Daniel Indiviglio is a Reuters Breakingviews columnist, based in Washington, where he covers the intersection of politics and business. He joined from The Atlantic, where he covered a similar beat, providing analysis on topics such as financial regulation, housing finance policy, the Treasury, and the Fed. He also wrote for Forbes. He is a 2011 Robert Novak Journalism Fellow through the Phillips Foundation. Prior to becoming a journalist, Dan spent several years working as an investment banker and a consultant for financial services firms. He holds a BA from Cornell University, where he triple majored in economics, philosophy and physics. Follow Dan on Twitter @indiviglio
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Dour days lie ahead for Americans, thanks in large part to Baby Boomers. The biggest generation, just beginning to leave the workforce, has saved even less than past groups and isn’t likely to reap more government benefits. Their relative penury will slow down GDP growth.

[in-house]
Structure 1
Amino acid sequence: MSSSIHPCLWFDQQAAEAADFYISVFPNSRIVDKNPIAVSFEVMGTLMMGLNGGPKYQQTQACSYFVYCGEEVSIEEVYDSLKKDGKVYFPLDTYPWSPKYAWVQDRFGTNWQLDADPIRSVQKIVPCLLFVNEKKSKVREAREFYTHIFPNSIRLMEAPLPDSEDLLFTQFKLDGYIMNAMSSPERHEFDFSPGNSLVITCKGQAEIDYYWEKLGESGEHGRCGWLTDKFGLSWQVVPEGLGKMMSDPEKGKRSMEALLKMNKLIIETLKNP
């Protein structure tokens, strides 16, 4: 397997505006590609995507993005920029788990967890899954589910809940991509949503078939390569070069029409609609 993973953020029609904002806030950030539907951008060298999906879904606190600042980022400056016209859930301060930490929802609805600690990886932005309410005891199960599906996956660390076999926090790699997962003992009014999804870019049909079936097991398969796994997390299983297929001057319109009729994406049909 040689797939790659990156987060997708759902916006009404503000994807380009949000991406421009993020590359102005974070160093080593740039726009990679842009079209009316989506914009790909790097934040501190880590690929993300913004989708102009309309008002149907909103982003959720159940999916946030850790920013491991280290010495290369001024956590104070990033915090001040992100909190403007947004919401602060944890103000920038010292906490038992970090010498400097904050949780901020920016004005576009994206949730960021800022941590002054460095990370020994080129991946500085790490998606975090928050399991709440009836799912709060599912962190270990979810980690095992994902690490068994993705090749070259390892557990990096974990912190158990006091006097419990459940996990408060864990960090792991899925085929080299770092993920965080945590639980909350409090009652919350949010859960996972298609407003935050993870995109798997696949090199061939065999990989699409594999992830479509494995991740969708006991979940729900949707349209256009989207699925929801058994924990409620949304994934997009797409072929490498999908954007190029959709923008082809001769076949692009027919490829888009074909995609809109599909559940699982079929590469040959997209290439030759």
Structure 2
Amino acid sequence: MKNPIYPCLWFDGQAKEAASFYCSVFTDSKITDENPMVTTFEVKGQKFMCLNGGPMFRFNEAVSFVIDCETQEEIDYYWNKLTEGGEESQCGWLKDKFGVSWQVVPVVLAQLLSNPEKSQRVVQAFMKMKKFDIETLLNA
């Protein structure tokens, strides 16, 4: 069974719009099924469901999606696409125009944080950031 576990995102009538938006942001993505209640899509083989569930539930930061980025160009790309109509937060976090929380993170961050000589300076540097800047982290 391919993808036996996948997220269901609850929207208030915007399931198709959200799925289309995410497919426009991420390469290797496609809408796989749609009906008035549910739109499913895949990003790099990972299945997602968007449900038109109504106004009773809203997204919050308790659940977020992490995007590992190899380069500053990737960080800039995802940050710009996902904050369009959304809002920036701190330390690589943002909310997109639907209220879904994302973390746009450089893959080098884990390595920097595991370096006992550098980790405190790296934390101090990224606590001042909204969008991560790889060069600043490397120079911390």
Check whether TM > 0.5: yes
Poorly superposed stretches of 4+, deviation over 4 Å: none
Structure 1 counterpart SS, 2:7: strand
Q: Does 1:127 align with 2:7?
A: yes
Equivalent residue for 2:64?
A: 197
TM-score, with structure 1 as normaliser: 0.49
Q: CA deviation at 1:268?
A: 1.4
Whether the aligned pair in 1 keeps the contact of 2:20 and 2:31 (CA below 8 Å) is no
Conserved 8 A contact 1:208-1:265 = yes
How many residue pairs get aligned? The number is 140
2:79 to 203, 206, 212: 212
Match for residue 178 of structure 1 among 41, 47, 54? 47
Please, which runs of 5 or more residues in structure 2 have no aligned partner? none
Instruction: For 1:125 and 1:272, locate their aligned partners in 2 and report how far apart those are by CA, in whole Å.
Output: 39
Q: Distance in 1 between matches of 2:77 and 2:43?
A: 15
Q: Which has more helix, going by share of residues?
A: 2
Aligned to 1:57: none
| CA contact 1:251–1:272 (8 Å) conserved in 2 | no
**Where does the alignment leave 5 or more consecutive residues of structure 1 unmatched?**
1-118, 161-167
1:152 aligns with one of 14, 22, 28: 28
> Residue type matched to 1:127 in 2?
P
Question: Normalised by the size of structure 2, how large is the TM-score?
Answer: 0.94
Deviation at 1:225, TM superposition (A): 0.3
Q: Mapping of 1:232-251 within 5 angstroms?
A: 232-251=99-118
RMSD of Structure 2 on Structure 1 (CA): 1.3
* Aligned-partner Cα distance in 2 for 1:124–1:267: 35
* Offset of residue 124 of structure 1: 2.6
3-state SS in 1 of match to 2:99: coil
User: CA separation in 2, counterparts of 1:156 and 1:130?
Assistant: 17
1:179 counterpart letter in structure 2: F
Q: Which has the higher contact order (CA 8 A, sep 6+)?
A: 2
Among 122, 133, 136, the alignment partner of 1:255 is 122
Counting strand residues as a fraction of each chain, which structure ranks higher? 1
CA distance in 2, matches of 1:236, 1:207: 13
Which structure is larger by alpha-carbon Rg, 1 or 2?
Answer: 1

At least meteorologists can tell you if it rained yesterday. U.S. GDP forecasters can’t agree whether the 0.2 pct first stab at last quarter’s growth rate was right or wrong. There are too many hard-to-measure variables for any early number to be trusted. Caveat investor.
The new head honcho on the Senate panel that governs lenders is sponsoring a lumbering proposal to make recent reforms more manageable for many institutions. It’s not crazy, but little of it looks essential, either. One thing is clear: it’s not designed to help Wall Street a bit.
- Crumbling America demands smarter repair blueprint
- Boring is beautiful for U.S. employment
- Latest bank regulation attack looks wide of mark
- Trickle-down economics look all dried up
- Carly Fiorina undermines Republican business pitch
- U.S. watchdog's tame CEO pay rules may chomp back
- Blah U.S. growth nearly guarantees Fed rate delay